Sor Juana’s work began to appear six years before her death. Her debut was the Juan García Infanzón rendition of Inundación castálida (De la Cruz 1689), followed by two volumes brought out by Viuda de Bernardo Calderón: El divino Narciso (De la Cruz 1690) and a single-volume compilation then followed (De la Cruz 1700 and De la Cruz 1714). It was not until the mid-20th century that Alfonso Méndez Plancarte would edit, but die without completing, the canonical four volumes, still considered essential today (De la Cruz 1951), under the aegis of Fondo de Cultura Económica, a state-run publishing house intimately linked to Mexico’s modernization after the 1910 peasant revolution. This edition was reprinted, in full or in part, on a number of occasions. The scholarly work published in De la Cruz 1968, De la Cruz 1976, De la Cruz 1991, De la Cruz 1992a, De la Cruz 1992b, De la Cruz 1994a, De la Cruz 1994b, De la Cruz 2005, De la Cruz 2009a, De la Cruz 2010, De la Cruz 2015, and De la Cruz 2018 expand the context, either of individual poems or plays or of the entire canon. The most significant of these are De la Cruz 1994a, De la Cruz 1994b (in Venezuela’s famous Biblioteca Ayachucho), and De la Cruz 2015. And the edition De la Cruz 2004b is the first to offer all of Sor Juana’s oeuvre in digital form.

  • De la Cruz, Sor Juana Inés. Inundación castálida de la única poetisa, musa décima, Sor Juana Inés de la Cruz, religiosa profesa en el monasterio de San Jerónimo de la Imperial Ciudad de México. Madrid: Juan García Infanzón, 1689.

    First publication of Sor Juana’s work in Spain a few years before her death, released apparently without her knowledge and contributing to her downfall. Inundación castálida describes the Greek myth about the fountain in Mount Parnassus. Its waters were traditionally seen as offering inspiration to poets.

  • De la Cruz, Sor Juana Inés. Auto sacramental del divino Narciso, por alegorías: compuesto por el singular numen y nunca bien alabado ingenio, claridad y propiedad de frase castellana, de la Madre Juana Inés de la Cruz, Religiosa Profesa en el Monasterio del señor San Gerónimo de la Imperial Ciudad de México. Madrid: Imprenta de la Viuda de Bernardo Calderón, 1690.

    Second publication of Sor Juana’s work, shortly after Inundación castálida. This Auto sacramental, or allegorical play about Jesus Christ’s true nature, is the first of two volumes released by Paula Benavides, widow of Bernardo Calderón (born c. 1600), one of the most prolific printers in colonial Mexico.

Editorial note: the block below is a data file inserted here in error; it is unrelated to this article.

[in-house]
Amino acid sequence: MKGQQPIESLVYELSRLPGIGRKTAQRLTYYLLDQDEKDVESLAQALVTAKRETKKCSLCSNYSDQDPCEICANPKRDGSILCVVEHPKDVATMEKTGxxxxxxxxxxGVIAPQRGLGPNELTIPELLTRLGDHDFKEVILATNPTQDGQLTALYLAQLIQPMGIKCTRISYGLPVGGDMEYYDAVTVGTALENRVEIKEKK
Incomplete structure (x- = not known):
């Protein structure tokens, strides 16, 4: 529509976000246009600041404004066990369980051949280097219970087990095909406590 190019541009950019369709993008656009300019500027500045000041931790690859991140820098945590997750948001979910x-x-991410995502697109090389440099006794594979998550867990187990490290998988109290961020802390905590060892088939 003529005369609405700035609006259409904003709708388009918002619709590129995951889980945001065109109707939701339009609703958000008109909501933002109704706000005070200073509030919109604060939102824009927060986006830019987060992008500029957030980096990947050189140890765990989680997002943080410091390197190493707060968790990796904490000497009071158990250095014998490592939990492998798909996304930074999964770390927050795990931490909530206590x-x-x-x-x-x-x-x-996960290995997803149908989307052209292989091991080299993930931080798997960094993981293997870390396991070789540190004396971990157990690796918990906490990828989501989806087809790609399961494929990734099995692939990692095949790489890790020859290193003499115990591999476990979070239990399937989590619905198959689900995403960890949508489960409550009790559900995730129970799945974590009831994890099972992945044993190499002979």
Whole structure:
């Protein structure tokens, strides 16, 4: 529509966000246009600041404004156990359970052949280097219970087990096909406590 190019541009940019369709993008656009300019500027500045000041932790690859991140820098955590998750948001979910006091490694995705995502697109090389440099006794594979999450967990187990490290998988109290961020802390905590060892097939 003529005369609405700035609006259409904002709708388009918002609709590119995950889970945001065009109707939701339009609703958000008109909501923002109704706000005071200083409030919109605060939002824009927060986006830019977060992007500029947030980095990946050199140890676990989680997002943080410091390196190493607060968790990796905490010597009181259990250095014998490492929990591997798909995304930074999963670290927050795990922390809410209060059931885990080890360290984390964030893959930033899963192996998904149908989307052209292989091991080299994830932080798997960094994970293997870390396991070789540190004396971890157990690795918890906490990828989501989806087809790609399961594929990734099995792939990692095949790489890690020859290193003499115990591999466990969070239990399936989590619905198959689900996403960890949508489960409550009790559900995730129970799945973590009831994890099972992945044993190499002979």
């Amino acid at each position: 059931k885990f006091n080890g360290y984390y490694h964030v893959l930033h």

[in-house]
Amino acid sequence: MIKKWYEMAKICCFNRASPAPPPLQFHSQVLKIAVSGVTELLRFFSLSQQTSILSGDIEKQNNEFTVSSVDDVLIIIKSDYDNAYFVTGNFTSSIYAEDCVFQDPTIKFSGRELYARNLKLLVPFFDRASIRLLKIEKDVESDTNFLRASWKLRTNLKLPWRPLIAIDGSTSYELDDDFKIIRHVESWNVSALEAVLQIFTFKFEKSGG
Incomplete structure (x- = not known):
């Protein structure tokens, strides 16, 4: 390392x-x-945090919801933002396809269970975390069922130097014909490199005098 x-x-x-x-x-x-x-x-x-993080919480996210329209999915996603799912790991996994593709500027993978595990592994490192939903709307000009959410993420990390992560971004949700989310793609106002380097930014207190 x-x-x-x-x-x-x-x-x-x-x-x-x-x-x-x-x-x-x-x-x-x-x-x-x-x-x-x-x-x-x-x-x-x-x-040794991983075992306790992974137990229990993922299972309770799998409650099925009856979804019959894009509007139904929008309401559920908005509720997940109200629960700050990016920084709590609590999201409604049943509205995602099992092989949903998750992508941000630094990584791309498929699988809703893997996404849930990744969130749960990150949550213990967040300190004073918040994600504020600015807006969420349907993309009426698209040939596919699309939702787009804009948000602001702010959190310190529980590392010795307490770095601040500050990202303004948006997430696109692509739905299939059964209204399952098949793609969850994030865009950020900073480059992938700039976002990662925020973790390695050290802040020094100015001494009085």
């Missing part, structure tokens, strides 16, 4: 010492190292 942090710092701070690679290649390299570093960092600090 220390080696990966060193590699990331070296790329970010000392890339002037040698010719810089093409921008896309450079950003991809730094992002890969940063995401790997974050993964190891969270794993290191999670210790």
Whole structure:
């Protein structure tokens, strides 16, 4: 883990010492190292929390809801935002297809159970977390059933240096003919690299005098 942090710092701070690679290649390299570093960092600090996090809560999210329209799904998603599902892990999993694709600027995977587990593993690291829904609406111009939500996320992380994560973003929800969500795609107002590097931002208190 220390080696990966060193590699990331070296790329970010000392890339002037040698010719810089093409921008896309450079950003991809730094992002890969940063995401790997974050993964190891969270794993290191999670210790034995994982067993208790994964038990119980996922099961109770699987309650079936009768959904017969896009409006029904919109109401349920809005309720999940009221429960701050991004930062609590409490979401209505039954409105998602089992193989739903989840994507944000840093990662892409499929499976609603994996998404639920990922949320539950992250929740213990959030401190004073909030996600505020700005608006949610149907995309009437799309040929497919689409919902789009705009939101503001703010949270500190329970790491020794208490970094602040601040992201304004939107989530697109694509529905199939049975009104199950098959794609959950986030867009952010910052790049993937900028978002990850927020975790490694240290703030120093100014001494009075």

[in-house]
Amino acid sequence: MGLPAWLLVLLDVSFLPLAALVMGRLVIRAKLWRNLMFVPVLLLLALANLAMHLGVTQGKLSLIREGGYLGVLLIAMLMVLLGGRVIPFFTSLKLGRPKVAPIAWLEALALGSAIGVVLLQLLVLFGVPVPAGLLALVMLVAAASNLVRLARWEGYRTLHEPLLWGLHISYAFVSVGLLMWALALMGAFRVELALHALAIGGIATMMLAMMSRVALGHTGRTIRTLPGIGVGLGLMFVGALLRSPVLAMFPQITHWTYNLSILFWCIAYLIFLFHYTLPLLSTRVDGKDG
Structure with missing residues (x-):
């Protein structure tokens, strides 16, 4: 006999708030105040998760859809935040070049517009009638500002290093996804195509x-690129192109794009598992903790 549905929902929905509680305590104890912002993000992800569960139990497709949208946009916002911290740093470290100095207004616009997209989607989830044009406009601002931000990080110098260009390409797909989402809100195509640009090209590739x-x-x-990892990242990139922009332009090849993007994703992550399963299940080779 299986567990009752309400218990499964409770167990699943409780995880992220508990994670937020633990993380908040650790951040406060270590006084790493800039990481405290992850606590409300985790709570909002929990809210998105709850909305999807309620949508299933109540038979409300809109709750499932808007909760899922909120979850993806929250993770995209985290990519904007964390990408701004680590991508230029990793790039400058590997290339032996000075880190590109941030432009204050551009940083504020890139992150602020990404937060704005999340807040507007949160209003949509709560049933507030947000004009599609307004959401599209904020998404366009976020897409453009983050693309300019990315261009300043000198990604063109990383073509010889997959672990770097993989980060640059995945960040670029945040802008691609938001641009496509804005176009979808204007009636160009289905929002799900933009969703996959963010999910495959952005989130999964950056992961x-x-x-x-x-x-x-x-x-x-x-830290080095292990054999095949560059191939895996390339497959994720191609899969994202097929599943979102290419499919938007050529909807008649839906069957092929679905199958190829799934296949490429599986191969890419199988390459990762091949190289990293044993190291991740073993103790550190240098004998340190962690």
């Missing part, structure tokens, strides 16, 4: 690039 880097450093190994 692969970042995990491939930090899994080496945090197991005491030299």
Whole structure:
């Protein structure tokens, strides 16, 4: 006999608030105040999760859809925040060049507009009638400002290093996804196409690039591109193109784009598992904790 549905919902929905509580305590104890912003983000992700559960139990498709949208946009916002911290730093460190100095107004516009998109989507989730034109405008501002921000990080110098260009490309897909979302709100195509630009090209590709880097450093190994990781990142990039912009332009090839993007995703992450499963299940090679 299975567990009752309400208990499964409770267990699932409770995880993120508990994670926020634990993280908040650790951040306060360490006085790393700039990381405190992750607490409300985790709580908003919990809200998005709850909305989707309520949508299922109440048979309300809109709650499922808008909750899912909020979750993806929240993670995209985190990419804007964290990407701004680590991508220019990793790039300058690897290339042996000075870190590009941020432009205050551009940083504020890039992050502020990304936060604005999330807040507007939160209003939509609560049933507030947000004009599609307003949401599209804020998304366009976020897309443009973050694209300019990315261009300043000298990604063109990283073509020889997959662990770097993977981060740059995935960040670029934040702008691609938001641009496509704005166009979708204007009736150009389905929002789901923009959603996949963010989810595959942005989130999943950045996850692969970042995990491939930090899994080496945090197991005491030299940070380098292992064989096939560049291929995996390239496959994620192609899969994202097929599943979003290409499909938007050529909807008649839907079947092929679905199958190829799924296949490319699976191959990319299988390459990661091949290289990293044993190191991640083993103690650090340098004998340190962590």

• De la Cruz, Sor Juana Inés. Segundo volumen de las obras de Sor Juana Inés de la Cruz, monja profesa en el monasterio del señor san Gerónimo de la ciudad de México. Madrid: Tomás López de Haro, 1692.

    Second volume published by the Paulina Benavides de Calderón printer.

  • De la Cruz, Sor Juana Inés. Fama y obras pósthumas del Fénix de México, décima musa, poetisa americana, Sor Juana Inés de la Cruz, religiosa profesa en el convento de San Gerónimo de la Imperial Ciudad de México. Madrid: La Habana, 1700.

    Published posthumously, the volume for the first time showcased Sor Juana’s work.

  • De la Cruz, Sor Juana Inés. Fama y obras pósthumas del Fénix de México, Décima Musa, poetisa americana, Sor Juana Inés de la Cruz, religiosa profesa en el convento de San Gerónimo de la Imperial Ciudad de México. Madrid: Antonio González de Reyes, 1714.

    Expanded edition of the 1700 volume.

  • De la Cruz, Sor Juana Inés. Obras completas. Edited by Alfonso Méndez Plancarte. 4 vols. Mexico City: Fondo de Cultura Económica, 1951.

    Volume 1 features lírica personal, Volume 2 villancicos and letras sacras, Volume 3 autos and loas, and Volume 4 comedias, sainetes, and prose. Méndez Plancarte edited the first three volumes and Alberto G. Salceda the last one. In spite of its age, this canonical work by Alfonso Méndez Plancarte (b. 1909–d. 1955) remains authoritative and is the go-to edition.

  • De la Cruz, Sor Juana Inés. Obras escogidas. Edited by Juan Carlos Merlo. Barcelona: Bruguera, 1968.

    Sor Juana’s selected works in a popular Spanish edition.

  • De la Cruz, Sor Juana Inés. Obras selectas. Edited by Georgina Sabat de Rivers and Elías L. Rivers. Barcelona: Noguera, 1976.

    Commercial edition by important Hispanic scholars, Cuban Georgina Sabat de Rivers (b. 1924–d. 2008) and American Elías L. Rivers (b. 1924–d. 2013).

  • De la Cruz, Sor Juana Inés. Los empeños de una casa. Mexico City: UNAM, 1991.